African economies: more debt, harder!

Successive shocks have weakened the recovery in Africa’s economies. Disruptions in international trade and supply chains, exacerbated by the war in Ukraine and the inflation shock (13.5% on average in 2022), are leading to a change in the growth profile almost everywhere. The continent’s GDP will increase by 4.1% in 2022, according to AfDB forecasts. Morocco is credited at 1.8% against a regional average of 4.5%. With very tight fiscal deadlines in some countries, spending pressure remains high. In addition, the economic situation will have effects on poverty, especially on vulnerable households living on the margins.

The Russia-Ukrainian conflict could take place thousands of kilometers from Africa, but it is already having serious consequences on economies still recovering from the Covid shock. On the sideline of the African Development Bank’s (AfDB) annual meeting in Accra, bank economists painted a mixed picture on the economic outlook.

Disruptions in international trade and supply chains, exacerbated by the war in Ukraine and the inflation shock, are leading to a revised growth profile across the board. African gross domestic product will increase by 4.1% in 2022 after 6.9% in 2021 and a recession of 1.6% in 2020. East, Central and North Africa are on the podium of the most dynamic regions with above-average growth.

This was pulled down by Southern Africa which was credited with 2.5%. This overview, however, covers extreme differences within regions, with the economic situation affecting countries differently, depending on whether they are net importers or exporters.

Located in the first category, Morocco is one of the most affected by the war in Ukraine and inflation is coming off its hinges. AfDB has aligned itself in the high range of government forecasts by counting on a 1.8% increase in GDP in 2022 against a regional average of 4.5%.

Beware of flaws of payment
Many countries in Africa have entered this new crisis with budget cuts severely affected by the pandemic. Spending pressure remains high in the face of rising inflation. On average, it will stand at 13.5% in 2022.

“Weak populations, especially in urban areas, will bear the brunt of rising food and energy prices. And in the absence of measures to mitigate this impact, this increase could provoke popular discontent across the continent, ”AfDB economists warn.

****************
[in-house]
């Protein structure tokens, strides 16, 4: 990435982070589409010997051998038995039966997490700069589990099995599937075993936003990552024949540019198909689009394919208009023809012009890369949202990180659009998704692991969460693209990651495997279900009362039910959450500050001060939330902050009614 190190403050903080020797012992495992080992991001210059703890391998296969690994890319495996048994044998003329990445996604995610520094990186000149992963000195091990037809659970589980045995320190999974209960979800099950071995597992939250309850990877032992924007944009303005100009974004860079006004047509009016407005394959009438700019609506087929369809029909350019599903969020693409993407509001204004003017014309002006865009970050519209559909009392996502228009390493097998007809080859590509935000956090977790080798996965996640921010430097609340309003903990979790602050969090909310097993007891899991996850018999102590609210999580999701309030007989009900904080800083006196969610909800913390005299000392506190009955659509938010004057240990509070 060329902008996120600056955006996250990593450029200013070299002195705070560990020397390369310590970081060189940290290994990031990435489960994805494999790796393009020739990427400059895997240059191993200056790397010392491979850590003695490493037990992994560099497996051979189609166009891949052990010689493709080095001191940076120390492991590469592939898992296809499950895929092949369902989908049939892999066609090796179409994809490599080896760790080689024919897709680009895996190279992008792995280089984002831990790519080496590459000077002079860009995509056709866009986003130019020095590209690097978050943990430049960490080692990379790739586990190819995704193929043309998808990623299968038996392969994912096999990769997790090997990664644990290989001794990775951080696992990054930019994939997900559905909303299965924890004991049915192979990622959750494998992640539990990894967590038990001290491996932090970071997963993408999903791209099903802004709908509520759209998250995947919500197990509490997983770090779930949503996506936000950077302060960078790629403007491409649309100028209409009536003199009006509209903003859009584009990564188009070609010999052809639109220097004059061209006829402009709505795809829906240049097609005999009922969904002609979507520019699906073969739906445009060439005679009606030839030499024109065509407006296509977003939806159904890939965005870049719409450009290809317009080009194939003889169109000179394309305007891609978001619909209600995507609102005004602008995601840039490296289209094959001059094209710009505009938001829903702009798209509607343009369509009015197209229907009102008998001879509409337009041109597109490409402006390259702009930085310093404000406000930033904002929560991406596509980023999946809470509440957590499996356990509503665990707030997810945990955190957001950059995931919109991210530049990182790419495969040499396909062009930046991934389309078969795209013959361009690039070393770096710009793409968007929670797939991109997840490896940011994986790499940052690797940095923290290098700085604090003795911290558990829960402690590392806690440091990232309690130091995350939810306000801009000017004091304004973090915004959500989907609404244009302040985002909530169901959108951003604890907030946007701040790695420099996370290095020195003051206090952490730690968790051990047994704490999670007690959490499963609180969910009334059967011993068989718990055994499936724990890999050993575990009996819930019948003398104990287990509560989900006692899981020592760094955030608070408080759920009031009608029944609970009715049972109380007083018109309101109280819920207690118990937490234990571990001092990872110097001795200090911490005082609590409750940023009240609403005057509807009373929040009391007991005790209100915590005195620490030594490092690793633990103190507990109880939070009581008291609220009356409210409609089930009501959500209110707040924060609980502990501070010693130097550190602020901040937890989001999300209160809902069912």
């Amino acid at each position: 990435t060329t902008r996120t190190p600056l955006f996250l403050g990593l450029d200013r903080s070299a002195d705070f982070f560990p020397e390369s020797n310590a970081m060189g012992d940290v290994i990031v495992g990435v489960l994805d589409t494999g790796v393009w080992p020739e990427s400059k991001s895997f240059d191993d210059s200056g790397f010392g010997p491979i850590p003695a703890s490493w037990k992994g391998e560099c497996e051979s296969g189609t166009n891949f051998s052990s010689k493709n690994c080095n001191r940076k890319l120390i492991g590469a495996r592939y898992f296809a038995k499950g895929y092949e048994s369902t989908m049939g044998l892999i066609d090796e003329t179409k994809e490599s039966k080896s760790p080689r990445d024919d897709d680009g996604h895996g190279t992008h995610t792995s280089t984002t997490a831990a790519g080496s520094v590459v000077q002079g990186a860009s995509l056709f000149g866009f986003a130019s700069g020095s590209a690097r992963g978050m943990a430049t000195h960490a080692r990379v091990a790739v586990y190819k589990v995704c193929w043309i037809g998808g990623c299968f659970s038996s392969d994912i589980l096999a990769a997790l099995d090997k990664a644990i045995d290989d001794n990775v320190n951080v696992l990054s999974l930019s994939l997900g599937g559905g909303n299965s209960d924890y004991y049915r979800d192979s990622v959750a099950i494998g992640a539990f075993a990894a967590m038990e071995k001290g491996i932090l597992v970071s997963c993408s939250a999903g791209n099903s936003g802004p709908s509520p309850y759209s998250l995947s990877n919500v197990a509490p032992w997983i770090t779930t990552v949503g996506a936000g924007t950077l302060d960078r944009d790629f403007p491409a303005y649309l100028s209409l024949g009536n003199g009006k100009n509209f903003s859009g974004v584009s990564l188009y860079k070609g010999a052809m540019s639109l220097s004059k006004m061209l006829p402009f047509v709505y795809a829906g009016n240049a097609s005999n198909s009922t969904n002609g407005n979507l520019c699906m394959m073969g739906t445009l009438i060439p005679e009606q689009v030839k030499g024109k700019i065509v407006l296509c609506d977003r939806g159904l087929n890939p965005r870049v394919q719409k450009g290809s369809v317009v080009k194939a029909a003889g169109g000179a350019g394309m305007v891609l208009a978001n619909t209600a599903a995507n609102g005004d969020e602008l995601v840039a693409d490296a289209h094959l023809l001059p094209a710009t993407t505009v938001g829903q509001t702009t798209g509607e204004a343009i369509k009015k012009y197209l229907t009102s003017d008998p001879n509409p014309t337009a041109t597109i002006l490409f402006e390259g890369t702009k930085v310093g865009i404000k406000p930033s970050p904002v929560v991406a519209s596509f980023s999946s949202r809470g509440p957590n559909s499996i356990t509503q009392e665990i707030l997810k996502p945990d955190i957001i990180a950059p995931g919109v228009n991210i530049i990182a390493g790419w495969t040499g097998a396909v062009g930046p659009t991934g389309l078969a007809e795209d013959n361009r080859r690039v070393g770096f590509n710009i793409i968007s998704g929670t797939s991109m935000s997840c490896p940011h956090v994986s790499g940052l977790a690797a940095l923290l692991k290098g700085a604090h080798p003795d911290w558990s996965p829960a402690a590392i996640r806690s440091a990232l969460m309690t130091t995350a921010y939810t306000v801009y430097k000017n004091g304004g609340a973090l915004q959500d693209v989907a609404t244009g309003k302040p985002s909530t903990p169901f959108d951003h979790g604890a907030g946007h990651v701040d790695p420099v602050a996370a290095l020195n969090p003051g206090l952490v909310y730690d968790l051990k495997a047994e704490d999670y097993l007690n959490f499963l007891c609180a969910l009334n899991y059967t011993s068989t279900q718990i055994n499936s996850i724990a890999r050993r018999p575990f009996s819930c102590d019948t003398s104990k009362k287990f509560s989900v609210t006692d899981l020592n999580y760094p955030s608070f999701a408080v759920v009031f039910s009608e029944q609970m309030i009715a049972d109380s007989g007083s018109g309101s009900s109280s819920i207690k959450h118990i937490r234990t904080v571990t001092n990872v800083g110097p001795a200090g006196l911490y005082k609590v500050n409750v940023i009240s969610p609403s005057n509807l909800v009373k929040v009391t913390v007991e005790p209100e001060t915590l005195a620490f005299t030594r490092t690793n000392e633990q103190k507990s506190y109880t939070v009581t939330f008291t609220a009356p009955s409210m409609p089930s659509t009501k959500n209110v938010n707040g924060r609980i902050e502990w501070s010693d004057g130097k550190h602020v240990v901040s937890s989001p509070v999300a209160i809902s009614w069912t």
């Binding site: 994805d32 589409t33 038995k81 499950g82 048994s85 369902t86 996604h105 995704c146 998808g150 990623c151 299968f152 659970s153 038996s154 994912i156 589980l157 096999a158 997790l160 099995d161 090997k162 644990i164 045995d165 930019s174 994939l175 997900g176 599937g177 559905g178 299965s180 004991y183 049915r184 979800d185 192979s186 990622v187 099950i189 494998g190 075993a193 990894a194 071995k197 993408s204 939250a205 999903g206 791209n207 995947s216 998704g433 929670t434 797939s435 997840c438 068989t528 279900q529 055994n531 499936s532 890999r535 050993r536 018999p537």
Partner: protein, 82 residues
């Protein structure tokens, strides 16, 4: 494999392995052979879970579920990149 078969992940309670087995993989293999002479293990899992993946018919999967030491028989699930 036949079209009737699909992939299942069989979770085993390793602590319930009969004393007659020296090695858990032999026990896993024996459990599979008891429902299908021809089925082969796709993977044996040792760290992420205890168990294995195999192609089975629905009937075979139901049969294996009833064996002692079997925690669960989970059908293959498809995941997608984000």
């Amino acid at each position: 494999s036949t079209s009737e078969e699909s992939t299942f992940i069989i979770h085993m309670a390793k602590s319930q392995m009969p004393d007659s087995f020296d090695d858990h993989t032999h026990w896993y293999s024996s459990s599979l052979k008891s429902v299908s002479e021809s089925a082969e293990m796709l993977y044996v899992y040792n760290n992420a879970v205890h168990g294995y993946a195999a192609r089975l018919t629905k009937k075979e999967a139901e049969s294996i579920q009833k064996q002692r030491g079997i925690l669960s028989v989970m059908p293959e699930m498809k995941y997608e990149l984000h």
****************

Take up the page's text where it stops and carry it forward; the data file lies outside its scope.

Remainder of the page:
Budget pressure will also come from the normalization of monetary policies in advanced countries. This restriction, combined with growing pressure on the currencies of many countries, is likely to exacerbate debt vulnerabilities.

In the short to medium term, Africa’s debt will remain above pre-pandemic levels, according to forecasts. Between 2020 and 2022, the additional resources needed to deal with the successive shock are estimated at $ 432 billion. “The context may call for a rethinking of the global policy response, including the restoration of the debt service suspension framework, to help indebted countries address new debt-related challenges.

“The new initiative should provide incentives to attract the participation of commercial lenders, who until now have been reluctant to interact with their borrowers,” economists advise. Prior to Russia’s invasion of Ukraine, 16 African countries were at high risk of debt distress and 7 were in debt.

Ten years to reach the expected extreme level of poverty before the pandemic
Despite the rebound in growth in 2021, an additional 28.7 million Africans fell into extreme poverty compared to pre-Covid projections. They could reach 30 million in 2022 and 2023. The new shock to the economies will have effects on poverty, especially on vulnerable households already living on the brink of poverty.

“If the Russia-Ukrainian crisis continues, approximately 1.8 million and 2.1 million additional Africans could fall into extreme poverty in 2022 and 2023”.

The impact of the Russia-Ukrainian conflict on poverty varies from one country to another. Overall and based on current growth forecasts, “African economies will need more than a decade to catch up with the poverty rates expected before the Covid-19 pandemic, given real GDP growth per capita. remains insufficient to offset the economic impact of the pandemic, “AfDB said.

Franck Fagnon / ECO Inspirations

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